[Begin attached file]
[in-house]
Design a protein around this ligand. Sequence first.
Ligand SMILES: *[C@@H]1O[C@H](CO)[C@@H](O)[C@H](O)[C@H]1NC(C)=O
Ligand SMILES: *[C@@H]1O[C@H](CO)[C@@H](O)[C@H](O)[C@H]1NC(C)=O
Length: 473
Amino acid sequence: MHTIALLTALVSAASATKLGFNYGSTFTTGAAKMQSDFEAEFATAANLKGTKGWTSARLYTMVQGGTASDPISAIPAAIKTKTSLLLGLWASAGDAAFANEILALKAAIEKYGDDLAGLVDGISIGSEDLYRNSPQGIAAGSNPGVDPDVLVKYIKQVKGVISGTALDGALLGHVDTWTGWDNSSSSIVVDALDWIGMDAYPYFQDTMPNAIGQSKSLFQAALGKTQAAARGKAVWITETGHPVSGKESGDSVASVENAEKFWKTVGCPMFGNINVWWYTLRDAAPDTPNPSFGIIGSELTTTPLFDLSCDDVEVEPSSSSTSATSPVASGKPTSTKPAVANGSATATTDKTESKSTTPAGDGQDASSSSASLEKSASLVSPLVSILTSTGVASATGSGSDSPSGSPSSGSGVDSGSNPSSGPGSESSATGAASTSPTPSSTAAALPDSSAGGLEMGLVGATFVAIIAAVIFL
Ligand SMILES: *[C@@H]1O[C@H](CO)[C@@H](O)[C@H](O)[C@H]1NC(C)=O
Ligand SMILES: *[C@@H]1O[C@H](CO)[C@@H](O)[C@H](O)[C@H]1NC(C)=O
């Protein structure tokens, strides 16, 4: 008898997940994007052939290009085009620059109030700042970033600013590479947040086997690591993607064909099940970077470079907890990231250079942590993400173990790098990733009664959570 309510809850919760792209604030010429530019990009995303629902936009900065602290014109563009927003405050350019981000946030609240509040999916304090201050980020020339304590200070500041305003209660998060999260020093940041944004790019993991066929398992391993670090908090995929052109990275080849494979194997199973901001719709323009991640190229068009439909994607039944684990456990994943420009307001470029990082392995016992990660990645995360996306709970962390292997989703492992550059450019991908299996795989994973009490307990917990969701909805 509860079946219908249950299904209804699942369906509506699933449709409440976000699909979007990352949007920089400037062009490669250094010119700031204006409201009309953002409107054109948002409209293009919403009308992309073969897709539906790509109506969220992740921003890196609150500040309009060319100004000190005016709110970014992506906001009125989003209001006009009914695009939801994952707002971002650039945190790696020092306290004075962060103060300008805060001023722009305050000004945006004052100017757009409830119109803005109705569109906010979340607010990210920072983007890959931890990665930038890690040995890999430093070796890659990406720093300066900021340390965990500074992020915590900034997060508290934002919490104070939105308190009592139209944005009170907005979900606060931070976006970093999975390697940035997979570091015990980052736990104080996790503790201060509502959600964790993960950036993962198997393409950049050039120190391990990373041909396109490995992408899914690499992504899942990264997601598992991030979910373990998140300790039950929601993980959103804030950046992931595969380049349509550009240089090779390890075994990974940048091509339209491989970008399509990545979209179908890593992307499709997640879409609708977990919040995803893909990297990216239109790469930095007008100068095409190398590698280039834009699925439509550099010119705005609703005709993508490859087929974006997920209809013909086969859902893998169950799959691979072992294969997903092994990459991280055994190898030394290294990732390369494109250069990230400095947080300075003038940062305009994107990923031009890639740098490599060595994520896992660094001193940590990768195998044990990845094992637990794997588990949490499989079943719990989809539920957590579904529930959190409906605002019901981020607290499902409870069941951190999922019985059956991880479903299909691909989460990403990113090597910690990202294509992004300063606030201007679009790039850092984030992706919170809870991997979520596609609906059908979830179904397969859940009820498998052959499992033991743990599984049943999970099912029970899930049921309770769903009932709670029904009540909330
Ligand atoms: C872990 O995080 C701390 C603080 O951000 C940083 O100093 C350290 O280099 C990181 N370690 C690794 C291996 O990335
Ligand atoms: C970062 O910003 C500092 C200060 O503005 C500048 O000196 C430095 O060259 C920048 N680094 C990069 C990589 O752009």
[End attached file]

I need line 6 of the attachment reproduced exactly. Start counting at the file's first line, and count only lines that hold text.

Amino acid sequence: MHTIALLTALVSAASATKLGFNYGSTFTTGAAKMQSDFEAEFATAANLKGTKGWTSARLYTMVQGGTASDPISAIPAAIKTKTSLLLGLWASAGDAAFANEILALKAAIEKYGDDLAGLVDGISIGSEDLYRNSPQGIAAGSNPGVDPDVLVKYIKQVKGVISGTALDGALLGHVDTWTGWDNSSSSIVVDALDWIGMDAYPYFQDTMPNAIGQSKSLFQAALGKTQAAARGKAVWITETGHPVSGKESGDSVASVENAEKFWKTVGCPMFGNINVWWYTLRDAAPDTPNPSFGIIGSELTTTPLFDLSCDDVEVEPSSSSTSATSPVASGKPTSTKPAVANGSATATTDKTESKSTTPAGDGQDASSSSASLEKSASLVSPLVSILTSTGVASATGSGSDSPSGSPSSGSGVDSGSNPSSGPGSESSATGAASTSPTPSSTAAALPDSSAGGLEMGLVGATFVAIIAAVIFL